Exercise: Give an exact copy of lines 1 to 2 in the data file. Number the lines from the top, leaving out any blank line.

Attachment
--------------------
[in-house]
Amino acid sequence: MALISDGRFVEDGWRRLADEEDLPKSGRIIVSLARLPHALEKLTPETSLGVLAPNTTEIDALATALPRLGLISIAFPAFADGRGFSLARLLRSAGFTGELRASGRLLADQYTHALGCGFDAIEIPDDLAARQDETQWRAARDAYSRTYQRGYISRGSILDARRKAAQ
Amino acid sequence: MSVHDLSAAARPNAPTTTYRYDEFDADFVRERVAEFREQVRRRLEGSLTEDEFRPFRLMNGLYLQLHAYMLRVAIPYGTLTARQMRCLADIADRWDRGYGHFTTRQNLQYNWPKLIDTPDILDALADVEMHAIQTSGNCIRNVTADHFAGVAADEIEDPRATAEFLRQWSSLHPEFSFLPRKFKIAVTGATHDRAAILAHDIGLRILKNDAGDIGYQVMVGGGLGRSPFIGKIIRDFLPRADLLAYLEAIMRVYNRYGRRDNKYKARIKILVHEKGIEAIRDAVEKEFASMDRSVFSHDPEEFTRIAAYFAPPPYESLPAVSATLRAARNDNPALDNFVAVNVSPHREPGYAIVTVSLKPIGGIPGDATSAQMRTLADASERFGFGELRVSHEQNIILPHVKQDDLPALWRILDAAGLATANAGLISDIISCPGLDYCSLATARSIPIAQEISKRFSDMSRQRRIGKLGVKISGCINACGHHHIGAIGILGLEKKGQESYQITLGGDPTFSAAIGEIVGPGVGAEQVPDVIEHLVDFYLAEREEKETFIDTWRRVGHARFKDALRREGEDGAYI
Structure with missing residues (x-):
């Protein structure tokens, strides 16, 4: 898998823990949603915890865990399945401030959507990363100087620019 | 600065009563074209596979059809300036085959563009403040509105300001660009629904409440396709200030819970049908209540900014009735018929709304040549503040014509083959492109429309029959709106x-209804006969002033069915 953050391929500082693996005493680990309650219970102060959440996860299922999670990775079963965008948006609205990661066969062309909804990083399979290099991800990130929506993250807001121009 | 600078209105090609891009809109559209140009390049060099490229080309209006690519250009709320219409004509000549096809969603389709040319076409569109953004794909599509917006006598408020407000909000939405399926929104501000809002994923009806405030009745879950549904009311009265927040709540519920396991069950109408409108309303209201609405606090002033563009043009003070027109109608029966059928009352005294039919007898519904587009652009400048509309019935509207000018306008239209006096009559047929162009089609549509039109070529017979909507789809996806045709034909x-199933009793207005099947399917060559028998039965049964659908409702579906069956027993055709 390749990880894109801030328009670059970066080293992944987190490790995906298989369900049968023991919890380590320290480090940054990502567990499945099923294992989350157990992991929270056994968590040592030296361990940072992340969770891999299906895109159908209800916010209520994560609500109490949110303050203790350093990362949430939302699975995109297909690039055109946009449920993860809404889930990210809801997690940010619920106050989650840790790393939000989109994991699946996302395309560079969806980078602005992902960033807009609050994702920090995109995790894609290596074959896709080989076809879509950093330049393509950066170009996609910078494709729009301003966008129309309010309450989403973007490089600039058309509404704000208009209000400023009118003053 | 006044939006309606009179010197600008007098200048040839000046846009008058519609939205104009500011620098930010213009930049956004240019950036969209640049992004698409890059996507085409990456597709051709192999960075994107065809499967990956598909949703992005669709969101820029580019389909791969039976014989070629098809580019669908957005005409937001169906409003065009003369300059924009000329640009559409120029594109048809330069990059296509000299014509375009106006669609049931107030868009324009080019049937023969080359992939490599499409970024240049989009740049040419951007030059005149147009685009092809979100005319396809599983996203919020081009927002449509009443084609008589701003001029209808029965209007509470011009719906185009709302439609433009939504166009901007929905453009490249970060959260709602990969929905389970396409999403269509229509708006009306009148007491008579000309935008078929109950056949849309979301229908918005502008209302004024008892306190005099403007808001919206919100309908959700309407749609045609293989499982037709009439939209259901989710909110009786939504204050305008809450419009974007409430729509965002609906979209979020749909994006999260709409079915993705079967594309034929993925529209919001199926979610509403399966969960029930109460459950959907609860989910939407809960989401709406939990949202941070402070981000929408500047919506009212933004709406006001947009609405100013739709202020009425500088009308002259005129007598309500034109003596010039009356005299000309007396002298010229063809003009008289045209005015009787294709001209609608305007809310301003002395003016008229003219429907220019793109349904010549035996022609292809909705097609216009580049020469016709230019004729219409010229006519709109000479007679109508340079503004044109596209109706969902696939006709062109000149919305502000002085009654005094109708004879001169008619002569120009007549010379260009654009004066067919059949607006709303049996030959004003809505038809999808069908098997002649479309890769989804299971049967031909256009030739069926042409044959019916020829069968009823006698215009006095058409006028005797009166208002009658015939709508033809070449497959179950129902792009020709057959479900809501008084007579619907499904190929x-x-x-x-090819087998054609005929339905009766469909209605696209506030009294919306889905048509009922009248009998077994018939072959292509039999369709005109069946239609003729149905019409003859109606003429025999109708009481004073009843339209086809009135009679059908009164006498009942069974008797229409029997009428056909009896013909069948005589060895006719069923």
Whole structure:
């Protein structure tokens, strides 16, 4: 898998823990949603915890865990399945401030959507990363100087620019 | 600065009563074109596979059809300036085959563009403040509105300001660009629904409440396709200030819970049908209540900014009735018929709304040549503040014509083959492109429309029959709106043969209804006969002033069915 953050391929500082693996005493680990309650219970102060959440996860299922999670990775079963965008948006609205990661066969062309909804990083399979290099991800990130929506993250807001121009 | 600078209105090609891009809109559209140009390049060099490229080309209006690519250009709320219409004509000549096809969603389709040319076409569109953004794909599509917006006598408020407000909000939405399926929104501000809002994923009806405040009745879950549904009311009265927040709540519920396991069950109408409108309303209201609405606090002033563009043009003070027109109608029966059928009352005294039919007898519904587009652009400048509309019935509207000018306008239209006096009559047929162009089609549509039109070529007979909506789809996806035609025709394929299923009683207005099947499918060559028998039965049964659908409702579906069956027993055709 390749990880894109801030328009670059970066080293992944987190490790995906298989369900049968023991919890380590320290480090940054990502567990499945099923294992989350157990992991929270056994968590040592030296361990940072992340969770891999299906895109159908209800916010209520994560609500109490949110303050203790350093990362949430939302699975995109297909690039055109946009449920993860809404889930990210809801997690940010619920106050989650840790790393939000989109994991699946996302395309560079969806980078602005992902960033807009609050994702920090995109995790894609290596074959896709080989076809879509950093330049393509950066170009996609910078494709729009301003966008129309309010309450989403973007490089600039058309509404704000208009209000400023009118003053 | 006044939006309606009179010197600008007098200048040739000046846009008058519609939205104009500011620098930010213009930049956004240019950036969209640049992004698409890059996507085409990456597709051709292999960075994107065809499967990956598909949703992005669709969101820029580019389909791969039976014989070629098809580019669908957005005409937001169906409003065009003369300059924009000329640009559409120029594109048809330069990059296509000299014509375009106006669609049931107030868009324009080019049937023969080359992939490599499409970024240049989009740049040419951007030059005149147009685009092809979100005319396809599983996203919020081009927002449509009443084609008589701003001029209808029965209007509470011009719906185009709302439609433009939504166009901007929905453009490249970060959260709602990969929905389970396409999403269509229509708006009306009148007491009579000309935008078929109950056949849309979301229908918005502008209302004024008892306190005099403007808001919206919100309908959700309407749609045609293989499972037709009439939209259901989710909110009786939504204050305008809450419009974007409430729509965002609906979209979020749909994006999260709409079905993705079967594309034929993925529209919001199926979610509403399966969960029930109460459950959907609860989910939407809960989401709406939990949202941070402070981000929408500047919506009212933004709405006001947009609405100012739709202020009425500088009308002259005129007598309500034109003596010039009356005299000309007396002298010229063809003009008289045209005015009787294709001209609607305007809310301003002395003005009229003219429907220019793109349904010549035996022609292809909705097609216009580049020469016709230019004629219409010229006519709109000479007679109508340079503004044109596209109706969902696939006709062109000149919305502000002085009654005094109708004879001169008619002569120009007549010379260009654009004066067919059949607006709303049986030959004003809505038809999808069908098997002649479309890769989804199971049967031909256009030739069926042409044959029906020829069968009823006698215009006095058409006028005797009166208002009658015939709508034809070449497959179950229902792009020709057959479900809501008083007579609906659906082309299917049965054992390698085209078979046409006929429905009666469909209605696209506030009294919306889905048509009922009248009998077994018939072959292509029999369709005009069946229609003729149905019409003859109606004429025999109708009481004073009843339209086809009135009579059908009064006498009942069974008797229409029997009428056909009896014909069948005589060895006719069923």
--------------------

[in-house]
Amino acid sequence: MALISDGRFVEDGWRRLADEEDLPKSGRIIVSLARLPHALEKLTPETSLGVLAPNTTEIDALATALPRLGLISIAFPAFADGRGFSLARLLRSAGFTGELRASGRLLADQYTHALGCGFDAIEIPDDLAARQDETQWRAARDAYSRTYQRGYISRGSILDARRKAAQ